payload

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pay·load

 (pā′lōd′)
n.
1. The revenue-producing part of a cargo.
2.
a. The total weight of passengers and cargo that an aircraft carries or can carry.
b. The total weight of the instruments, crew, and life-support systems that a spacecraft carries or can carry.
c. The passengers, crew, instruments, or equipment carried by an aircraft, spacecraft, or rocket.
3. The explosive charge carried by a missile or contained in a bomb.

payload

(ˈpeɪˌləʊd)
n
1. (Commerce) that part of a cargo earning revenue
2. (Aeronautics)
a. the passengers, cargo, or bombs carried by an aircraft
b. the equipment carried by a rocket, satellite, or spacecraft
3. (Firearms, Gunnery, Ordnance & Artillery) the explosive power of a warhead, bomb, etc, carried by a missile or aircraft: a missile carrying a 50-megaton payload.

pay•load

(ˈpeɪˌloʊd)

n.
1. the part of a cargo producing revenue or income, usu. expressed in weight.
2. the number of paying passengers, as on an airplane.
3.
a. the bomb load, warhead, cargo, or passengers of an aircraft, rocket, missile, etc.
b. the equipment carried by a spacecraft to perform a specified mission.
c. the explosive energy of a warhead or of the bomb load of an aircraft.
[1925–30]

payload

1. The sum of the weight of passengers and cargo that an aircraft can carry. See also load.
2. The warhead, its container, and activating devices in a military missile.
3. The satellite or research vehicle of a space probe or research missile.
4. The load (expressed in tons of cargo or equipment, gallons of liquid, or number of passengers) which the vehicle is designed to transport under specified conditions of operation, in addition to its unladen weight.
ThesaurusAntonymsRelated WordsSynonymsLegend:
Noun1.payload - the front part of a guided missile or rocket or torpedo that carries the nuclear or explosive charge or the chemical or biological agentspayload - the front part of a guided missile or rocket or torpedo that carries the nuclear or explosive charge or the chemical or biological agents
atomic warhead, nuclear warhead, nuke, thermonuclear warhead - the warhead of a missile designed to deliver an atom bomb
explosive - a chemical substance that undergoes a rapid chemical change (with the production of gas) on being heated or struck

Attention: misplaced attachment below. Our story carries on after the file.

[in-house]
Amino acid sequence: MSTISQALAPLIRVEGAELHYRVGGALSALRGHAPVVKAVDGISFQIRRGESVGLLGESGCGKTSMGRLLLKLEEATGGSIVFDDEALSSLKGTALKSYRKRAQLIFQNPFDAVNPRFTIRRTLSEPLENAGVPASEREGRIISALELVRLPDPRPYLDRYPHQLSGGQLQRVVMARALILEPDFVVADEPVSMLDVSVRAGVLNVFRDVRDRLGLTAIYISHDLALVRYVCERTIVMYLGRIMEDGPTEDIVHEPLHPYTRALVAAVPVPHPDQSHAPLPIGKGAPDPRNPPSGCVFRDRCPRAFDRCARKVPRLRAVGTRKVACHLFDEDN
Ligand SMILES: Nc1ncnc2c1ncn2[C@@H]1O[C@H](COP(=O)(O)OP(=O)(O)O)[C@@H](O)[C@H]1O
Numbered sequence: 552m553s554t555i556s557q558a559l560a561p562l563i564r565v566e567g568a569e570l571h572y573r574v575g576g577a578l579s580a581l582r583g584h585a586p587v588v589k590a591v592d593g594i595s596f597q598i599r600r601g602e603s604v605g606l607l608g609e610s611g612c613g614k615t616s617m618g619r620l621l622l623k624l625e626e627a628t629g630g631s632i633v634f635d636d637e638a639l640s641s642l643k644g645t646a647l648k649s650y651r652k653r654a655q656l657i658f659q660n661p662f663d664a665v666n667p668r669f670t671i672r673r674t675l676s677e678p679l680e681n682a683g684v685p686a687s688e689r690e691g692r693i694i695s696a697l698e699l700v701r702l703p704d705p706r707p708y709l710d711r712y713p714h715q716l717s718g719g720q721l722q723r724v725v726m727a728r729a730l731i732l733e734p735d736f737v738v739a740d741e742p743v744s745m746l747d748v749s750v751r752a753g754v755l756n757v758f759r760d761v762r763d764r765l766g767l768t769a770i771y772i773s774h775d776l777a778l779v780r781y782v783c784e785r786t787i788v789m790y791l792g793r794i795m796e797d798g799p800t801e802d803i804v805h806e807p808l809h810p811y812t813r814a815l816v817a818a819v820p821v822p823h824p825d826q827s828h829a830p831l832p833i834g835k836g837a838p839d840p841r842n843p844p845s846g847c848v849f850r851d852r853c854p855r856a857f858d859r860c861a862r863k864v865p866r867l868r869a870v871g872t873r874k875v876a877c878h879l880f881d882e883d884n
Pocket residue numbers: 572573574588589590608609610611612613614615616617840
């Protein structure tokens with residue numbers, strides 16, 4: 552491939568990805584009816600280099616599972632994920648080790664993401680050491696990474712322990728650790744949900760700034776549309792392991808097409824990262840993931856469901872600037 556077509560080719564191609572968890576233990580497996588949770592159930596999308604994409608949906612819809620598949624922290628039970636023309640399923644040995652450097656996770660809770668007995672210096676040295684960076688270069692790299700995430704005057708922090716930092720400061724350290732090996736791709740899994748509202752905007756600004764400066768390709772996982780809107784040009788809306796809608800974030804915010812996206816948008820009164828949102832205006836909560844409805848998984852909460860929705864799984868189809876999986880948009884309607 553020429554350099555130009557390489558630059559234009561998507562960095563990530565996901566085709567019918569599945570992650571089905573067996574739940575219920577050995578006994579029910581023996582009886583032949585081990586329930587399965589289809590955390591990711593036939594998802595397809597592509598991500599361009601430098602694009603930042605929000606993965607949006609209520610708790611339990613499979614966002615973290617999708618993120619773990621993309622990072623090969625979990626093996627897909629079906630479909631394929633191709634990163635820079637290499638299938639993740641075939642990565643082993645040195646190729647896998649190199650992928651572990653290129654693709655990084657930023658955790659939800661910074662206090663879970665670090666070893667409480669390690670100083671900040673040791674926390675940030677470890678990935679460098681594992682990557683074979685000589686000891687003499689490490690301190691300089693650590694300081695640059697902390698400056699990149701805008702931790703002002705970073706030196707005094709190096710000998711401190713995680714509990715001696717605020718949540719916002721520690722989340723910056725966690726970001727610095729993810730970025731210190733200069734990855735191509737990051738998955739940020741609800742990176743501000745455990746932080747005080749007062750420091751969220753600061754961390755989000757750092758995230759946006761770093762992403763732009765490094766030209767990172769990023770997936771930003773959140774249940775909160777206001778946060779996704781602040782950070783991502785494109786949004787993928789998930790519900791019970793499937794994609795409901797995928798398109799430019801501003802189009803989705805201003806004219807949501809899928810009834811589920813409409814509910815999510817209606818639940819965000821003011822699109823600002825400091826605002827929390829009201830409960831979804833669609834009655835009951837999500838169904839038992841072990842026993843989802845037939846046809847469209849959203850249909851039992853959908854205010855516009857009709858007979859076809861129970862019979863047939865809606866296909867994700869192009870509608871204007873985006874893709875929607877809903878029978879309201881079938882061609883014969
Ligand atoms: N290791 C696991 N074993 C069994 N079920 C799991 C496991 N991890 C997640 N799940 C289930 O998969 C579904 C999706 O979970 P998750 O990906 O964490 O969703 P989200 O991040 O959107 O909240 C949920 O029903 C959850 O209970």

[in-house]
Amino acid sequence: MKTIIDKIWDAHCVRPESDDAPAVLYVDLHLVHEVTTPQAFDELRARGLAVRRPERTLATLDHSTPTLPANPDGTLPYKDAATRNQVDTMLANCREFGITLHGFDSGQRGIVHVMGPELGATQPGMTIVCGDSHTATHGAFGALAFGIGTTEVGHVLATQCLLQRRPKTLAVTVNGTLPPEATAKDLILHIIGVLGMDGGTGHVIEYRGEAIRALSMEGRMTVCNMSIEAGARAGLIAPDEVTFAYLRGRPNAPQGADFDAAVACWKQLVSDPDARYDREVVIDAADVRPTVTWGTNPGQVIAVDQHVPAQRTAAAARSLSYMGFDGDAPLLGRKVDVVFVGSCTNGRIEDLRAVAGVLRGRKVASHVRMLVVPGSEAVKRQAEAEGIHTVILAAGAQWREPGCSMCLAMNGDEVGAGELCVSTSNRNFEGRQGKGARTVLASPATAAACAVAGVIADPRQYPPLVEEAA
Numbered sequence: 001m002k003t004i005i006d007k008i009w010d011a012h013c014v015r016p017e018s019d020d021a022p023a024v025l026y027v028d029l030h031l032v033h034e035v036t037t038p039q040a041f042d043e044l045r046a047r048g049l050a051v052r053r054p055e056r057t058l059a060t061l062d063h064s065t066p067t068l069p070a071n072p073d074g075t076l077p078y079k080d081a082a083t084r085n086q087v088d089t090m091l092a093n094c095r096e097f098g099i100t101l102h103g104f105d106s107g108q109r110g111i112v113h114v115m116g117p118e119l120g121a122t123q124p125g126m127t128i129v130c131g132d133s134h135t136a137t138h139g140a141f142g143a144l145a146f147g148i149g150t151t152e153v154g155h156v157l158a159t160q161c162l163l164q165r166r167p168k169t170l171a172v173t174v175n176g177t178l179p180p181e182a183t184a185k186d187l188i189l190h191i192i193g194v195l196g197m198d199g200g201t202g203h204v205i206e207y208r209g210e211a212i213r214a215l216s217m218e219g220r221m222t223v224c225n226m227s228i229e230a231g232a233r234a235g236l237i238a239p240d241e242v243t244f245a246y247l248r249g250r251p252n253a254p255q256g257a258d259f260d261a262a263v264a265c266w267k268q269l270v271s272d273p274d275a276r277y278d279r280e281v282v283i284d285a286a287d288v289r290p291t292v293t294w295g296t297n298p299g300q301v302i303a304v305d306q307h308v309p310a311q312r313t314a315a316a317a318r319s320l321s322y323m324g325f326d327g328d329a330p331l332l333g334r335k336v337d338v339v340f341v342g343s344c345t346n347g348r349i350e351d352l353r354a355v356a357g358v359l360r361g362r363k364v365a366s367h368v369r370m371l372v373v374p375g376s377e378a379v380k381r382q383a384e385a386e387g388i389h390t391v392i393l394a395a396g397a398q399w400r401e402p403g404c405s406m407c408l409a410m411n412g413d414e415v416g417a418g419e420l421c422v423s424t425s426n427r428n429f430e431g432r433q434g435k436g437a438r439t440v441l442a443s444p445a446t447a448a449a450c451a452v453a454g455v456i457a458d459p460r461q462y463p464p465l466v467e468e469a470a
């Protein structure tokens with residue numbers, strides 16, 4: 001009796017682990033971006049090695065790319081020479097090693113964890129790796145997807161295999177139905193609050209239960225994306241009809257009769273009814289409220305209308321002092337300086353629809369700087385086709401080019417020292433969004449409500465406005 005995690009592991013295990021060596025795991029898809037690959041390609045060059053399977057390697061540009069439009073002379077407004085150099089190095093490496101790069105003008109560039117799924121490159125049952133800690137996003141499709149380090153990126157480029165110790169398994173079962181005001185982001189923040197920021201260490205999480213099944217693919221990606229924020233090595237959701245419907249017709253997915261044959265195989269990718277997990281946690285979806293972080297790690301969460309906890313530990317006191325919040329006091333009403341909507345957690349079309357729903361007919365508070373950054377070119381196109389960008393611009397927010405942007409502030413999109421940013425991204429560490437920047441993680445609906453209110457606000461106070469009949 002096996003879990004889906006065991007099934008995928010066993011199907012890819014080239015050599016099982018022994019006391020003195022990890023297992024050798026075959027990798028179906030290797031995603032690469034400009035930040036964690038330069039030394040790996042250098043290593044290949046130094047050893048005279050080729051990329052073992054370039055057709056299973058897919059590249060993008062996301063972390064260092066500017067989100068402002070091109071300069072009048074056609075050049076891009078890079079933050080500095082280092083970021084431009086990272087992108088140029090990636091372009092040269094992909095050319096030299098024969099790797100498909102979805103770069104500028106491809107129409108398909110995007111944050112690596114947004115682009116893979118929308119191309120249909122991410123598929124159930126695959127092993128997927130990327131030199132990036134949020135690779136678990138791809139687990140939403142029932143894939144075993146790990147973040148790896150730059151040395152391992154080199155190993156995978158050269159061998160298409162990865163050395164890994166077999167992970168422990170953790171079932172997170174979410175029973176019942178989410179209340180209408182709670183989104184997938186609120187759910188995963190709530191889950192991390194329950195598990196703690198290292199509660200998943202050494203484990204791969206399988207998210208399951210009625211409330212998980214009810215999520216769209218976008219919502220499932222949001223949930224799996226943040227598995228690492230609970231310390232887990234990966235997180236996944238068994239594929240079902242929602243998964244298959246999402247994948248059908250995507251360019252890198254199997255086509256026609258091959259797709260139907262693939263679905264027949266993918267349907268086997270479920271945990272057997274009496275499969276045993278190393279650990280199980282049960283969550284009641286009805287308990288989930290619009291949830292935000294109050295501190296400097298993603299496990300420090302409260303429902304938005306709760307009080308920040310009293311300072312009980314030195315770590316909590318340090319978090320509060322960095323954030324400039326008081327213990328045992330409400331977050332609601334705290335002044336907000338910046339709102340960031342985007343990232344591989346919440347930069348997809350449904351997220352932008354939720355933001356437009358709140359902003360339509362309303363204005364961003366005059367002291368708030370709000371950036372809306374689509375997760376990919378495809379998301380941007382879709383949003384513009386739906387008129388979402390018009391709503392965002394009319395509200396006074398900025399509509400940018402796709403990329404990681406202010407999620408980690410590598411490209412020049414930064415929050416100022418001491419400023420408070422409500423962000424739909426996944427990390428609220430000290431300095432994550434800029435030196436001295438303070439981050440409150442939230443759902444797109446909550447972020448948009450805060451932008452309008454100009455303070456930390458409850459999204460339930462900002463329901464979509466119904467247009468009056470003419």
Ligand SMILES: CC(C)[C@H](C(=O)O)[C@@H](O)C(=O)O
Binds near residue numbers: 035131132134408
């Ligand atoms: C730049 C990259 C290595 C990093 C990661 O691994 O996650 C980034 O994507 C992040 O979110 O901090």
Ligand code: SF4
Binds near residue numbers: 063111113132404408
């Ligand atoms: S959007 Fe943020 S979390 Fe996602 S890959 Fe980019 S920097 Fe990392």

guided missile - a rocket-propelled missile whose path can be controlled during flight either by radio signals or by internal homing devices
2.payload - goods carried by a large vehiclepayload - goods carried by a large vehicle  
merchandise, product, ware - commodities offered for sale; "good business depends on having good merchandise"; "that store offers a variety of products"
Translations

payload

[ˈpeɪləʊd] Ncarga f útil

payload

[ˈpeɪləʊd] ncharge f utile

payload

[ˈpeɪˌləʊd] ncarico utile
References in periodicals archive ?
Harris delivered two payloads in 2017 and is committed to delivering four more in 2018.
1 Rise in asymmetric conflicts leading to an ever increasing demand for ISR capabilities, thus auguring sustained demand for UAV Payloads
The payload also leverages the mature Technology Readiness Level 9 legacy Harris reconfigurable payload that is flying on the International Space Station and is incorporated on hosted payloads for the Iridium NEXT satellite.
A new development center will advance satellite sensing and communication technologies, broadly known as Radio Frequency (RF) payloads, at the Lockheed Martin (NYSE: LMT) facility in Denver.
Both EO-only and EO/IR payloads were installed and operated in the CG position.
Hosted payloads are one of Boeing's key recommendations for MILSATCOM augmentation.
The aircraft are loaded up with their payload, which is dropped over the targeted areas, The planes then return for additional fuel and payloads before heading back out for another pass.
ABB's new IRB 4450S model for medium-size injection presses handles payloads up to 66 lb and can reach more than 7 ft down or more than 3 ft below its base.
The Fifth UAV/UCAV Payloads Conference will be sponsored by the AOC in cooperation with the Deputy Under Secretary of Defense for Acquisition, Technology, and Logistics (DUSD/AT & L).
The Eclipse Sprint is aimed at the suborbital market - things like atmosphere sampling payloads and targets for high-tech weapons.
The Pegasus XL, a series of disposable rockets built to carry SWAS and other small payloads into space cheaply, had proven unreliable for the third time.